This ebook and post were written by Steve Bechtel, climbing trainer and owner of climbstrong.com. He explains below why strength training with weights and on the fingerboard is so gosh dern important for rock climbers.
Steve Bechtel on His Strength eBook…
Why Strength, you ask? Here’s why.
It was June in Vedawoo, and I was taping my hands, again. My friend Bobby and I sat huddled under a boulder at the base of the Nautilus waiting for a rainstorm to pass so we could finish our training day.
We talked excitedly about how well the day was going, and how fit we were feeling. For several weeks, we had been running the same circuit of routes and finished each day by taking turns doing laps on Max Factor, an 11a finger crack that we’d try to do 5 laps each on.
We had it locked down to where we could do the 70 foot pitch with just 4 pieces, but by the fifth lap, both of us were pumped silly and our fingers destroyed. The rain passed, and we finished the day with six laps this time, feeling very strong.
We’d go home, run stairs at the stadium, and then load up on food and sleep to do it again. We were 4 weeks out from a trip to Trango Tower and we wanted to be ready. The next day, I talked on the phone with Todd Skinner, who was also preparing for the trip.
The conversation was mostly about solar panels and portaledges, but I told Todd about our proud training day. He laughed and admitted that such a day would surely thrash him.
It’s Not Just About Endurance
Then he asked the question that changed everything: “What if the route is harder than 5.11?”
In an instant, I saw that we had been blowing it. If we’d been training to slog up a big mountain or to climb pitch after pitch on El Cap, we’d have been on target. But hard free climbing, especially first ascent climbing, is not an endurance activity.
The big key is being able to do all the moves.
If you go into a hard project too weak to do cruxes you’re sunk. On the other hand, the endurance to put together a hard pitch can be built fairly easily on the wall.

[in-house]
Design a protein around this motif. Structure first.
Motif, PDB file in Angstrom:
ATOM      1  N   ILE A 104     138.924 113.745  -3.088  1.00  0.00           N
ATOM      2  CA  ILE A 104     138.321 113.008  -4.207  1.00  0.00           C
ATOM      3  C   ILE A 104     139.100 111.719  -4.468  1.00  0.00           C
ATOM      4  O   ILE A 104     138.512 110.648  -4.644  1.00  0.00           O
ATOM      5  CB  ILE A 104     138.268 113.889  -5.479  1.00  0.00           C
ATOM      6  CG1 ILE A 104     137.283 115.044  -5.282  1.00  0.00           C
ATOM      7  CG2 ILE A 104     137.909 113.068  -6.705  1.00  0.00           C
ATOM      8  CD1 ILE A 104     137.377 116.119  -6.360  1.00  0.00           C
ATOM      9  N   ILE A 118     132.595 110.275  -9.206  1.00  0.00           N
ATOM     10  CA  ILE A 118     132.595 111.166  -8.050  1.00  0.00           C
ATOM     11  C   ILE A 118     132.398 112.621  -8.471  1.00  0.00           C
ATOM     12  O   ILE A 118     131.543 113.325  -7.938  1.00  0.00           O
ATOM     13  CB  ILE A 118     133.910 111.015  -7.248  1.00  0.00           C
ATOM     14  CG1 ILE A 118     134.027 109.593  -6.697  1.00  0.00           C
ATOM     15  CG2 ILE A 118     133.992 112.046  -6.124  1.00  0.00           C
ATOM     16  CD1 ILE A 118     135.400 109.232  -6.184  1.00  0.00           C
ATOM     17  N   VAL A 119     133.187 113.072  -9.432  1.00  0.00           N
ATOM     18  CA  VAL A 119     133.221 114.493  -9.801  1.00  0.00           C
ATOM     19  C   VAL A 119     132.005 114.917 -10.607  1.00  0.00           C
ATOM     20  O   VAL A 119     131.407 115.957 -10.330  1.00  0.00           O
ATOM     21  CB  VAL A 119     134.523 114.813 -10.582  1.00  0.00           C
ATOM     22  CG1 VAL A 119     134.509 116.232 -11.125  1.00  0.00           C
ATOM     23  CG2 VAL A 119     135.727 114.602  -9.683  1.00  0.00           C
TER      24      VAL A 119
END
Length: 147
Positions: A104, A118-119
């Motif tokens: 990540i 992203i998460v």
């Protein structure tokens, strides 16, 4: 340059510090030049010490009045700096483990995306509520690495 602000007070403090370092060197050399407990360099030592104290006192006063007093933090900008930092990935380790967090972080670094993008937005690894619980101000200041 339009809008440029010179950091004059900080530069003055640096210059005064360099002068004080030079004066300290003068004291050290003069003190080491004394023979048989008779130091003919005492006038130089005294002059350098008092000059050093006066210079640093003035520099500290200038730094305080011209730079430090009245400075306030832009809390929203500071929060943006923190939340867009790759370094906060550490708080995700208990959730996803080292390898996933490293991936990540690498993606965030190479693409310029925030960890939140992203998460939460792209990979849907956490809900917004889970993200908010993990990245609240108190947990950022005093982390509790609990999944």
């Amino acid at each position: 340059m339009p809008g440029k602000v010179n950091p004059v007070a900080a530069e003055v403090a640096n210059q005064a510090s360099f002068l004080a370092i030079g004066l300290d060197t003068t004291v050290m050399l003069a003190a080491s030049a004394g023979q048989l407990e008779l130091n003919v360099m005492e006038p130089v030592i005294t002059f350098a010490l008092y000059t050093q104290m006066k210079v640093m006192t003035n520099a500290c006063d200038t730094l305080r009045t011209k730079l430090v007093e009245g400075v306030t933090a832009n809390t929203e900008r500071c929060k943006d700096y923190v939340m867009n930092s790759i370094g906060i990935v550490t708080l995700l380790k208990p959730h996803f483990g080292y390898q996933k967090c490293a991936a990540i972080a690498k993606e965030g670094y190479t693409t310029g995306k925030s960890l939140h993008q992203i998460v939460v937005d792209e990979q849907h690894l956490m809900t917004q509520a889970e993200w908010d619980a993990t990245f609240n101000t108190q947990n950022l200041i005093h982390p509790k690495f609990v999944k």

Luckily, Todd had been doing the right kind of climbing. He had spent the winter bouldering in Hueco and the spring and summer climbing sport routes up to 14a. When the 13a crux on Trango turned up, he was well suited for the challenge, and the route went free.
There is nothing wrong with training endurance.
But just because you got pumped and fell off a climb doesn’t mean your endurance wasn’t up to par. I believe that before you go down the time-consuming road of conditioning, you have to honestly be able to answer the question…
“Is endurance what I really need?” Or…
Is It Strength That I Need?
There is a thing called adaptation persistence in training.
What this means is that certain facets of fitness are very persistent – they stick around – while others are more transient. The persistent factors are slow to build and are slow to go away.
The more transient factors can be regained easily, but taper off dramatically if you stop training them. The most persistent factor in fitness is agreed to be hypertrophy – once you get big muscles, it can take months of no activity for the size to decrease. On the flip side, cardiovascular endurance is quite transient. Significant loss in VO2 can occur in just days away from training.
Strength is also a highly persistent factor – it sticks around – but the problem is that it develops slowly, as in years.